The booklet in the photo is indeed a treasure chest for me but the treasure is not in the memories, it is in the future of these bright and beautiful children who can create a world better than the one they will inherit. When Barack Obama was elected I thought we had achieved a significant milestone in our achingly slow climb out of the slough of genocide and slavery in which this country was born. Certainly the last election was a major setback but it doesn’t have to be fatal. I look at these children and realize their gift to me was a belief in the cyclical nature of progress. They can take back the future and we can help.

So I leave here with very mixed emotions. I do believe it is the best thing for me but I’m saddened to leave my very good friends and the extraordinary effort of hope that is 826 Valencia. I will, I must, find another way to contribute.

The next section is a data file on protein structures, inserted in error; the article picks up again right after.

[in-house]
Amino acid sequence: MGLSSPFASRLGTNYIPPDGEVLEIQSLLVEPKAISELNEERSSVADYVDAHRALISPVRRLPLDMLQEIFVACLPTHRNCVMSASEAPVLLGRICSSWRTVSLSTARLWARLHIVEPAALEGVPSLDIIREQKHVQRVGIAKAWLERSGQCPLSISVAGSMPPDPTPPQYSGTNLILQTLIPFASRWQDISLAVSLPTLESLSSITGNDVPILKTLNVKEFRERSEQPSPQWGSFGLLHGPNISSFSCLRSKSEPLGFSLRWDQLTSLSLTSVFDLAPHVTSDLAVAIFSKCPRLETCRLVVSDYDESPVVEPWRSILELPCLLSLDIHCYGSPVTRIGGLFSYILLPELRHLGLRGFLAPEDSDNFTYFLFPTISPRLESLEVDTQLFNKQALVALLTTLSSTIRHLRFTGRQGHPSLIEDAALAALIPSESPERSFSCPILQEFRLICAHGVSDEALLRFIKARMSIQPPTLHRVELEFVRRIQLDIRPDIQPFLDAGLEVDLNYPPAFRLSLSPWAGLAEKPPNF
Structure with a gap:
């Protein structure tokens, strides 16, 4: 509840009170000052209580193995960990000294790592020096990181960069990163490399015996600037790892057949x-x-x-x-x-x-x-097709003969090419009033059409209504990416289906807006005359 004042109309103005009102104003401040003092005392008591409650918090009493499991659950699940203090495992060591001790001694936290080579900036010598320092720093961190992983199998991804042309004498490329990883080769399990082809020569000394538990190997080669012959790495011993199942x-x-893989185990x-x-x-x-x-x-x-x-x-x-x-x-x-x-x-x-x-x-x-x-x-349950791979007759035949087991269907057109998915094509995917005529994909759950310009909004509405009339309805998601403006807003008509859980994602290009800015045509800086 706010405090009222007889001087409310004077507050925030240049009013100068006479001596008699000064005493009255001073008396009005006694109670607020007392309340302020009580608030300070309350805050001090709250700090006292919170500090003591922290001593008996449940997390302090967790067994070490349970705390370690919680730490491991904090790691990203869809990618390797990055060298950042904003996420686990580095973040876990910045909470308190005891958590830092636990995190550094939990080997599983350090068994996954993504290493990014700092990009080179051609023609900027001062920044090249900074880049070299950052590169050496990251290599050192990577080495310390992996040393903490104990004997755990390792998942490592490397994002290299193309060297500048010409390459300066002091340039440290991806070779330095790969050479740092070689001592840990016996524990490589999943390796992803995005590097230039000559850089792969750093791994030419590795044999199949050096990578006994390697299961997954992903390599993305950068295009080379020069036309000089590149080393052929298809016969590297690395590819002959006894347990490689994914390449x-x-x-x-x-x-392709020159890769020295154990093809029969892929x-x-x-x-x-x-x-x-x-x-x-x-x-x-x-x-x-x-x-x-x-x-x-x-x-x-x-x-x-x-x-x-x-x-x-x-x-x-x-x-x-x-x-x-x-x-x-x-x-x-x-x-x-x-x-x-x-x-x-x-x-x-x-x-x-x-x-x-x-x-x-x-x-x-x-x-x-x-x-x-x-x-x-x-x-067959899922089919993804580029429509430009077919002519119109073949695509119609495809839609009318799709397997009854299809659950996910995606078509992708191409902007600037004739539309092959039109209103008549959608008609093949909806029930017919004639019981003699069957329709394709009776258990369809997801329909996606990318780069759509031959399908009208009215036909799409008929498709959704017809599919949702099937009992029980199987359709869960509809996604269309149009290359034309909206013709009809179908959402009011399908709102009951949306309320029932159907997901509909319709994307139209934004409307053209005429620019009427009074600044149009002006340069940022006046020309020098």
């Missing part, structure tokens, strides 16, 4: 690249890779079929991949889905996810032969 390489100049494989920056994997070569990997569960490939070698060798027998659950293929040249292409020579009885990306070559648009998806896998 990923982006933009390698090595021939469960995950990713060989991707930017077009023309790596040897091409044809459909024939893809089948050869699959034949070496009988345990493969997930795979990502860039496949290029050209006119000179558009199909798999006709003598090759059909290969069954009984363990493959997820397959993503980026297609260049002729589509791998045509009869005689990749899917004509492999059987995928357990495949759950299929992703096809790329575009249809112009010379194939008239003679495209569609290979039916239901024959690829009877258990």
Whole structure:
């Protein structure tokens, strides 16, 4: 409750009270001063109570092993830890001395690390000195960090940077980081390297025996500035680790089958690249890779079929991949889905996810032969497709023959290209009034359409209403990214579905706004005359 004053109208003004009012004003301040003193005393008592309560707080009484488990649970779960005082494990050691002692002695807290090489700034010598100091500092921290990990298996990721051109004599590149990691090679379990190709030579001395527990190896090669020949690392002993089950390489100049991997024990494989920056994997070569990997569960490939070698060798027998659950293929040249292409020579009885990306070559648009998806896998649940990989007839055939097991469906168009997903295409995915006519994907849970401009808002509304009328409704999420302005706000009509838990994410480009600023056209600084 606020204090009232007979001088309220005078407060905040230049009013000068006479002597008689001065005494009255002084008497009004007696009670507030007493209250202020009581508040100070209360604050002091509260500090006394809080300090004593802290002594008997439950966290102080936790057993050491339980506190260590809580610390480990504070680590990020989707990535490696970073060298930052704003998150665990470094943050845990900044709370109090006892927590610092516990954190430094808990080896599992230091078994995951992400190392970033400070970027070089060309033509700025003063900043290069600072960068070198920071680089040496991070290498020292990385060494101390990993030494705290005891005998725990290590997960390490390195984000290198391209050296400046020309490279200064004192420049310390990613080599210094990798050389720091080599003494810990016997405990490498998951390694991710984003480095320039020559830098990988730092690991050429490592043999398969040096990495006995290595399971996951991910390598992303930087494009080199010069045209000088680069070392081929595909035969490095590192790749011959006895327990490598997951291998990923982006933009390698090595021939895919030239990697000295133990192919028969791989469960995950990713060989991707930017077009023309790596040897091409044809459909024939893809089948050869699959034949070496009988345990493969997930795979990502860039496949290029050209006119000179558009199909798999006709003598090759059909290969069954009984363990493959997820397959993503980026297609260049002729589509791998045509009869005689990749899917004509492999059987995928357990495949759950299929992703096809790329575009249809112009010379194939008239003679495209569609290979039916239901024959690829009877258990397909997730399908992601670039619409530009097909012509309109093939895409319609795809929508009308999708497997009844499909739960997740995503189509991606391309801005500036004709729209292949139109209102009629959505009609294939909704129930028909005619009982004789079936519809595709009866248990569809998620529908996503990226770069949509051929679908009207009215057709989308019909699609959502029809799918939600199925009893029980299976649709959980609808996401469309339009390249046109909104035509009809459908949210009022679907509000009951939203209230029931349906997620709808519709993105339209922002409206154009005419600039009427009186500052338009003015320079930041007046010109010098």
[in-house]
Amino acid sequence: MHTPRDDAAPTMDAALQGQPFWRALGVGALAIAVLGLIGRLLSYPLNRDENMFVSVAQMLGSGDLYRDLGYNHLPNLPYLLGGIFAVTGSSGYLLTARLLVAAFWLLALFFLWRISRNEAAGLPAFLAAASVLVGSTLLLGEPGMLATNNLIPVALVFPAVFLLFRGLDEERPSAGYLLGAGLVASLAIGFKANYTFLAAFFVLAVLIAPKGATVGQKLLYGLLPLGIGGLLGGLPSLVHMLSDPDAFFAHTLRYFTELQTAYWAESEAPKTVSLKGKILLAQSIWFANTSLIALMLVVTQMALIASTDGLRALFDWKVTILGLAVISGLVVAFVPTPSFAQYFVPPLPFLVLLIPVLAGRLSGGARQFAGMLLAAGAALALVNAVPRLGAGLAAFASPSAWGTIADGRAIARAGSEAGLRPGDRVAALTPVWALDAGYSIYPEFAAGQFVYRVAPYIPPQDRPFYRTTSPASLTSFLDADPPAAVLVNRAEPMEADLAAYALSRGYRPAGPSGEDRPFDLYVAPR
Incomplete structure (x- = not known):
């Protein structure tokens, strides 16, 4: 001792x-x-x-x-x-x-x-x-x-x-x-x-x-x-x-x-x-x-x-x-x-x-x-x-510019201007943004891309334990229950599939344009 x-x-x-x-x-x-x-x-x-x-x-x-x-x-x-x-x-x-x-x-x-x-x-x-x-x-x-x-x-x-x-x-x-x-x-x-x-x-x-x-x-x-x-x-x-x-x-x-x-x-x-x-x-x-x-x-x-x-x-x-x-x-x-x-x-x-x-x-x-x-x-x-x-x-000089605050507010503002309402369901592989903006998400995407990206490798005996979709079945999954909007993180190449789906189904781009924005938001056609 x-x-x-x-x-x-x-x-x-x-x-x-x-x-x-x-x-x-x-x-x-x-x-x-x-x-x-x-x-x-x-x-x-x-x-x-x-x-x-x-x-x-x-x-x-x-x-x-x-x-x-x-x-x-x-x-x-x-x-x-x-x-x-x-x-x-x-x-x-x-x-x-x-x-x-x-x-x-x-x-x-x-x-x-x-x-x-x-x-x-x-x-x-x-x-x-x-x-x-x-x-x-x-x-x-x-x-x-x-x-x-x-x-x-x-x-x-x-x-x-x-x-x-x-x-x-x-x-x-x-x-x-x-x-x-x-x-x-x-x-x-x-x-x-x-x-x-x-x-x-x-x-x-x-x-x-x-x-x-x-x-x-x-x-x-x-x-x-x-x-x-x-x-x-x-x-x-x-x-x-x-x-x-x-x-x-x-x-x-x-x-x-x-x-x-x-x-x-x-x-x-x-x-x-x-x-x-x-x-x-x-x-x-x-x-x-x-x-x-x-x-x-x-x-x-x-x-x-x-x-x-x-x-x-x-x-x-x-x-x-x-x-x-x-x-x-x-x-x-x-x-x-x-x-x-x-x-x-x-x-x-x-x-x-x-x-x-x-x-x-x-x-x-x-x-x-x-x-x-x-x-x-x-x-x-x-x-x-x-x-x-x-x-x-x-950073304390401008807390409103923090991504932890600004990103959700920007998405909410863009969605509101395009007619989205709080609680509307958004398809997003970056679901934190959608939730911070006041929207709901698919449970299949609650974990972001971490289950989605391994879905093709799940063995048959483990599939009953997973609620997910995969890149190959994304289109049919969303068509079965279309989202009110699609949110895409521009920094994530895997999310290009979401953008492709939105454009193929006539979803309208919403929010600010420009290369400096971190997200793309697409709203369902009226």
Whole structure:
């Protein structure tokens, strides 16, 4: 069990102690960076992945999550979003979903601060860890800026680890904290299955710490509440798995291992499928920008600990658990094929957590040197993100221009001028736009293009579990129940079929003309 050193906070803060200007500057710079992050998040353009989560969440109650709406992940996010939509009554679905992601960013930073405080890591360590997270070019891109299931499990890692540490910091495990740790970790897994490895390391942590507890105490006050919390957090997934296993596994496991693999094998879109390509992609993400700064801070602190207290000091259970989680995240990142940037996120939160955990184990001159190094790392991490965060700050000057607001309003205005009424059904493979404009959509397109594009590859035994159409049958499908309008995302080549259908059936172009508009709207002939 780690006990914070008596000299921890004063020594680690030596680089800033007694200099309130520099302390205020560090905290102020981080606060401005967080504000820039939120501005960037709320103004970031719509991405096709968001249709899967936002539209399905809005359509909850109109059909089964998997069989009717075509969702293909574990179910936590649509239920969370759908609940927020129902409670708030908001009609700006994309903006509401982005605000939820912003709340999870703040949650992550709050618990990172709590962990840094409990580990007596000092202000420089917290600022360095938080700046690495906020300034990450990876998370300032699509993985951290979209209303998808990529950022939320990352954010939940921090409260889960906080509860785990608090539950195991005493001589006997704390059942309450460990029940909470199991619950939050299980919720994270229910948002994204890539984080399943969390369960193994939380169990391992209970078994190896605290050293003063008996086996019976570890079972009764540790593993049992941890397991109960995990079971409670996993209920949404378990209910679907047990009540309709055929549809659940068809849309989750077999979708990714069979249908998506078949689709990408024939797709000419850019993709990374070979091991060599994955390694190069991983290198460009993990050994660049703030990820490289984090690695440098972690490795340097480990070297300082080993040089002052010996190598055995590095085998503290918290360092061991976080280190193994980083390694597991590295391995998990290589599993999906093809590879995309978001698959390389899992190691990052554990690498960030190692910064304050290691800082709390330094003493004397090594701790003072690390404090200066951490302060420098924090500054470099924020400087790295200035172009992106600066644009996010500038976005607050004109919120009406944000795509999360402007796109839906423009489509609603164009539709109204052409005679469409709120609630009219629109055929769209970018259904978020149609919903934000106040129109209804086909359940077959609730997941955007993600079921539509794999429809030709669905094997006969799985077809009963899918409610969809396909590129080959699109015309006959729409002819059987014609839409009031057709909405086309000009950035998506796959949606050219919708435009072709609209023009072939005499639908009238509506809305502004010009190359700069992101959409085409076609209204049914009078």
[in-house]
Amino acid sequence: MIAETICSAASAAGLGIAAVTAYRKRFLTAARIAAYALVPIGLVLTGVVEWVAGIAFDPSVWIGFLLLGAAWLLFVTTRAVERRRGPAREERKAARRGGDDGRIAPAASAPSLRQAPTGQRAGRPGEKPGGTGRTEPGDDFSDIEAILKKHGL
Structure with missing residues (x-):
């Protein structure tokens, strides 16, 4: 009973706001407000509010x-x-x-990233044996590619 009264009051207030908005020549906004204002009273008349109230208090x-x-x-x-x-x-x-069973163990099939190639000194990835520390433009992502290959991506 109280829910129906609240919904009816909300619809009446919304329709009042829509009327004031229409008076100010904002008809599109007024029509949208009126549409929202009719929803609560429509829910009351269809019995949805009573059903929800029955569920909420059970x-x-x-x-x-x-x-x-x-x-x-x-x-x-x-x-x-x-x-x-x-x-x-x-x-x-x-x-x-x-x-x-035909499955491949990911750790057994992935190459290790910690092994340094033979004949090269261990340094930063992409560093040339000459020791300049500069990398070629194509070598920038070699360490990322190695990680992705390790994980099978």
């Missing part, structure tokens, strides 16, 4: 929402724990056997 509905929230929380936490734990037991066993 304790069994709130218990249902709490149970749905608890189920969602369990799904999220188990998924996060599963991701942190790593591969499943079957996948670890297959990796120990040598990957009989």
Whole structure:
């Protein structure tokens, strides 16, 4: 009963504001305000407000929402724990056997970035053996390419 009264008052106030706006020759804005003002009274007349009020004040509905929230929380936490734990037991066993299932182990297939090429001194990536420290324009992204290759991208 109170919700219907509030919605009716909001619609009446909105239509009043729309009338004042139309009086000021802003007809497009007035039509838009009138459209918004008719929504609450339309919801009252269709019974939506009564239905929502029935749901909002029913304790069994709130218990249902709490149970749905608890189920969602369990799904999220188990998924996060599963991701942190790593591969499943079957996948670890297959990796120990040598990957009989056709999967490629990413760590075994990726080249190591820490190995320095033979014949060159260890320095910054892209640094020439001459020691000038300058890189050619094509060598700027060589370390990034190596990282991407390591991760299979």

Resist. Persist. Act.

©2017 Ron Scherl

Getting To Know You – Quickly

It’s quite a challenge: an 826 Valencia podcasting field trip with high school students who have written letters to the president-elect. The object is to take these letters and turn them into two minute essays the students will record and 826 will podcast. The challenge is to get to know this student in a hurry so that I can advise and encourage in a way that means something to her, and so that the words that result are hers. It can’t be about what I might want to say to the man.